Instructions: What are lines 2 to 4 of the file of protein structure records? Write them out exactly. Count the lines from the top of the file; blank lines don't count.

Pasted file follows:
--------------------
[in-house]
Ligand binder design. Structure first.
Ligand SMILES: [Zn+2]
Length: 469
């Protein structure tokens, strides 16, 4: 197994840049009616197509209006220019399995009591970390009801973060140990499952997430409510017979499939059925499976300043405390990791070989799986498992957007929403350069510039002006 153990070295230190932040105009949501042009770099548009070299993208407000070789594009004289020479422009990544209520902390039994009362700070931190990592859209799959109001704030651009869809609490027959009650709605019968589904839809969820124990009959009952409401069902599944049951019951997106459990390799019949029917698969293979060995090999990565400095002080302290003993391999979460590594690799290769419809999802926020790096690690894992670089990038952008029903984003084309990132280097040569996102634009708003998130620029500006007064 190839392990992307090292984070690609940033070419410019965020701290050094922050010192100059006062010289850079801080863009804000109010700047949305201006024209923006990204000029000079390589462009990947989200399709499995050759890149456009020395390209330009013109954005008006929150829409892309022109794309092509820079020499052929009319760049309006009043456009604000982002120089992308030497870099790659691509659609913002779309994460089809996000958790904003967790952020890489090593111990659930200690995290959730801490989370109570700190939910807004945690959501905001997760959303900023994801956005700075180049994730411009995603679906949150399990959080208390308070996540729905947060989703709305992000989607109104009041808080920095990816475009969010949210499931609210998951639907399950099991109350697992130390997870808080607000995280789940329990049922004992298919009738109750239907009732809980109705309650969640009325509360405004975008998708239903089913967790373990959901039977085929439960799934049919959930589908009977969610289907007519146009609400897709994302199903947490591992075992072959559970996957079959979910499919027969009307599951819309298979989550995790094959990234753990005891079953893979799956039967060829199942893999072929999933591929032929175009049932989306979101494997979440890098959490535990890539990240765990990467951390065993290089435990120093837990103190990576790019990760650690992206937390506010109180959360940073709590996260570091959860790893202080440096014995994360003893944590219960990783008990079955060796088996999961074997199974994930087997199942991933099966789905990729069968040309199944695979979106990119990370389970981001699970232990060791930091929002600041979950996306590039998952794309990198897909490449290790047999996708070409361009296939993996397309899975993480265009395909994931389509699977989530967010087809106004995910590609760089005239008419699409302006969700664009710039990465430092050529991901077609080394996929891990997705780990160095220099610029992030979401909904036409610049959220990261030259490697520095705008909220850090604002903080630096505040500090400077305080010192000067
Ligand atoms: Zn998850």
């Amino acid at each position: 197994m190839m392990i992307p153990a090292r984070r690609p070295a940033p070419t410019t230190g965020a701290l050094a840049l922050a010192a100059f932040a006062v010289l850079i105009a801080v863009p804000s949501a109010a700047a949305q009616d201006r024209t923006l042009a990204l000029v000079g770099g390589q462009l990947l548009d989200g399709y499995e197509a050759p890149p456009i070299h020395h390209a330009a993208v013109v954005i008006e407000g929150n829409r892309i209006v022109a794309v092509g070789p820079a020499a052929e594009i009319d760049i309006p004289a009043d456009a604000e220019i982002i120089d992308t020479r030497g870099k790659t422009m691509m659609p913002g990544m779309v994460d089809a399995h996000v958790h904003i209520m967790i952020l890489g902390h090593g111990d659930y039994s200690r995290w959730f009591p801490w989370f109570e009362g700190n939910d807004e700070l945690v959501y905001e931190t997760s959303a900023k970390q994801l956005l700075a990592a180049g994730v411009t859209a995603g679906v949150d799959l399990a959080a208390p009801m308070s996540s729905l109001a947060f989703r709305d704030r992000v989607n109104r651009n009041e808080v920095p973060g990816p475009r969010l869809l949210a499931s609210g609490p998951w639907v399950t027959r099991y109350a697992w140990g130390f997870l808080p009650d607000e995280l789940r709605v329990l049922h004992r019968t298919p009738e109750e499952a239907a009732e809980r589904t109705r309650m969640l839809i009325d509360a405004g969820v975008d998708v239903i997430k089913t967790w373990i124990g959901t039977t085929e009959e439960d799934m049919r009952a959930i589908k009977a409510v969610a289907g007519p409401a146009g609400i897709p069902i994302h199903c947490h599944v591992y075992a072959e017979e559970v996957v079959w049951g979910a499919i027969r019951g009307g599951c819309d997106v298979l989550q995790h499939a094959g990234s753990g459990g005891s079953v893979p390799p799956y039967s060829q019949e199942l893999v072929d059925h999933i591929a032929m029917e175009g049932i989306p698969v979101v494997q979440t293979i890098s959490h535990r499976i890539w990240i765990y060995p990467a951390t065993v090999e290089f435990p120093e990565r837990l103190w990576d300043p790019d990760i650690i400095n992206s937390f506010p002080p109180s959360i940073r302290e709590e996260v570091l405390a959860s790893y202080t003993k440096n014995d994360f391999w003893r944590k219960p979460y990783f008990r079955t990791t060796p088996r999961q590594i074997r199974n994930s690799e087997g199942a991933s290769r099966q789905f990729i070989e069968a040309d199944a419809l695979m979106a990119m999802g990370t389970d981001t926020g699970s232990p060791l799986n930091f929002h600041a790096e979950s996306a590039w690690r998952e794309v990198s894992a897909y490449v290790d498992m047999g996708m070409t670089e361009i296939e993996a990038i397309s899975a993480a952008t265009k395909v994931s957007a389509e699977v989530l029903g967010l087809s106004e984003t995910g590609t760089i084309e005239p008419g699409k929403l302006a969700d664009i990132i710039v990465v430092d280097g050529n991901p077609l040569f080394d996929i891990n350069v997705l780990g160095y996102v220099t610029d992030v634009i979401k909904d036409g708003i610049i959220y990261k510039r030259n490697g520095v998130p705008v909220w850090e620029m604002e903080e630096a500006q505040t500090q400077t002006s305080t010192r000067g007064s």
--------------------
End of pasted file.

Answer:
Ligand binder design. Structure first.
Ligand SMILES: [Zn+2]
Length: 469